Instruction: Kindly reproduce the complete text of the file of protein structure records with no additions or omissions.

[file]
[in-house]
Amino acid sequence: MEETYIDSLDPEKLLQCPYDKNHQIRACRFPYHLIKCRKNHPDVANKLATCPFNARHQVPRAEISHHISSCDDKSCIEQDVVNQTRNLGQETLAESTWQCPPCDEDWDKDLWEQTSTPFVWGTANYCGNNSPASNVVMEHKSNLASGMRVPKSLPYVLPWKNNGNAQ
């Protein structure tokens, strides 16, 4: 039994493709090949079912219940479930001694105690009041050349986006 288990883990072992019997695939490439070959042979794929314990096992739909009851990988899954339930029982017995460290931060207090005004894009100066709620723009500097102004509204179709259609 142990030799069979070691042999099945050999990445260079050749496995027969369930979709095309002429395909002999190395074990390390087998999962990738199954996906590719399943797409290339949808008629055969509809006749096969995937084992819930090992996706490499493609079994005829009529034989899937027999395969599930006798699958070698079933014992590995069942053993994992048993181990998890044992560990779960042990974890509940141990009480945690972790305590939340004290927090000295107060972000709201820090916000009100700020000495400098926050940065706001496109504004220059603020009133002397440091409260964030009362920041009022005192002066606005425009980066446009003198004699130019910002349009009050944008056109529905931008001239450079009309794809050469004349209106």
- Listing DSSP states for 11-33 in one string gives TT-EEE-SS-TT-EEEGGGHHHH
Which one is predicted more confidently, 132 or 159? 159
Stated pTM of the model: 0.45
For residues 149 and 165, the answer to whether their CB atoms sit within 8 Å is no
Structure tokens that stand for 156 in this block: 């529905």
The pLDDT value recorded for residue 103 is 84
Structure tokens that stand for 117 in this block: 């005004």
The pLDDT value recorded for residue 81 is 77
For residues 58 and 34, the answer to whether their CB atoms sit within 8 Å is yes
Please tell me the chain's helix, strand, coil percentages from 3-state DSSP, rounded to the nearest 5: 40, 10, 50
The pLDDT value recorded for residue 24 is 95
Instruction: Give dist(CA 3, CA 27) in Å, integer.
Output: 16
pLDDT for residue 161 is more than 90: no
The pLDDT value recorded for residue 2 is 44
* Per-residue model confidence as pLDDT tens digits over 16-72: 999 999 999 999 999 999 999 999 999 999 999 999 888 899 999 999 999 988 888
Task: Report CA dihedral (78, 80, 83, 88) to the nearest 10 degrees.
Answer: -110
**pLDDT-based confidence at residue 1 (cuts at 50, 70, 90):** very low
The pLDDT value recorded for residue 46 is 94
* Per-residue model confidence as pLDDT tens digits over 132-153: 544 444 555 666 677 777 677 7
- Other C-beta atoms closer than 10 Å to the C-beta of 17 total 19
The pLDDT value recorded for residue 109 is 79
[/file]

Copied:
[in-house]
Amino acid sequence: MEETYIDSLDPEKLLQCPYDKNHQIRACRFPYHLIKCRKNHPDVANKLATCPFNARHQVPRAEISHHISSCDDKSCIEQDVVNQTRNLGQETLAESTWQCPPCDEDWDKDLWEQTSTPFVWGTANYCGNNSPASNVVMEHKSNLASGMRVPKSLPYVLPWKNNGNAQ
């Protein structure tokens, strides 16, 4: 039994493709090949079912219940479930001694105690009041050349986006 288990883990072992019997695939490439070959042979794929314990096992739909009851990988899954339930029982017995460290931060207090005004894009100066709620723009500097102004509204179709259609 142990030799069979070691042999099945050999990445260079050749496995027969369930979709095309002429395909002999190395074990390390087998999962990738199954996906590719399943797409290339949808008629055969509809006749096969995937084992819930090992996706490499493609079994005829009529034989899937027999395969599930006798699958070698079933014992590995069942053993994992048993181990998890044992560990779960042990974890509940141990009480945690972790305590939340004290927090000295107060972000709201820090916000009100700020000495400098926050940065706001496109504004220059603020009133002397440091409260964030009362920041009022005192002066606005425009980066446009003198004699130019910002349009009050944008056109529905931008001239450079009309794809050469004349209106």
- Listing DSSP states for 11-33 in one string gives TT-EEE-SS-TT-EEEGGGHHHH
Which one is predicted more confidently, 132 or 159? 159
Stated pTM of the model: 0.45
For residues 149 and 165, the answer to whether their CB atoms sit within 8 Å is no
Structure tokens that stand for 156 in this block: 């529905």
The pLDDT value recorded for residue 103 is 84
Structure tokens that stand for 117 in this block: 């005004």
The pLDDT value recorded for residue 81 is 77
For residues 58 and 34, the answer to whether their CB atoms sit within 8 Å is yes
Please tell me the chain's helix, strand, coil percentages from 3-state DSSP, rounded to the nearest 5: 40, 10, 50
The pLDDT value recorded for residue 24 is 95
Instruction: Give dist(CA 3, CA 27) in Å, integer.
Output: 16
pLDDT for residue 161 is more than 90: no
The pLDDT value recorded for residue 2 is 44
* Per-residue model confidence as pLDDT tens digits over 16-72: 999 999 999 999 999 999 999 999 999 999 999 999 888 899 999 999 999 988 888
Task: Report CA dihedral (78, 80, 83, 88) to the nearest 10 degrees.
Answer: -110
**pLDDT-based confidence at residue 1 (cuts at 50, 70, 90):** very low
The pLDDT value recorded for residue 46 is 94
* Per-residue model confidence as pLDDT tens digits over 132-153: 544 444 555 666 677 777 677 7
- Other C-beta atoms closer than 10 Å to the C-beta of 17 total 19
The pLDDT value recorded for residue 109 is 79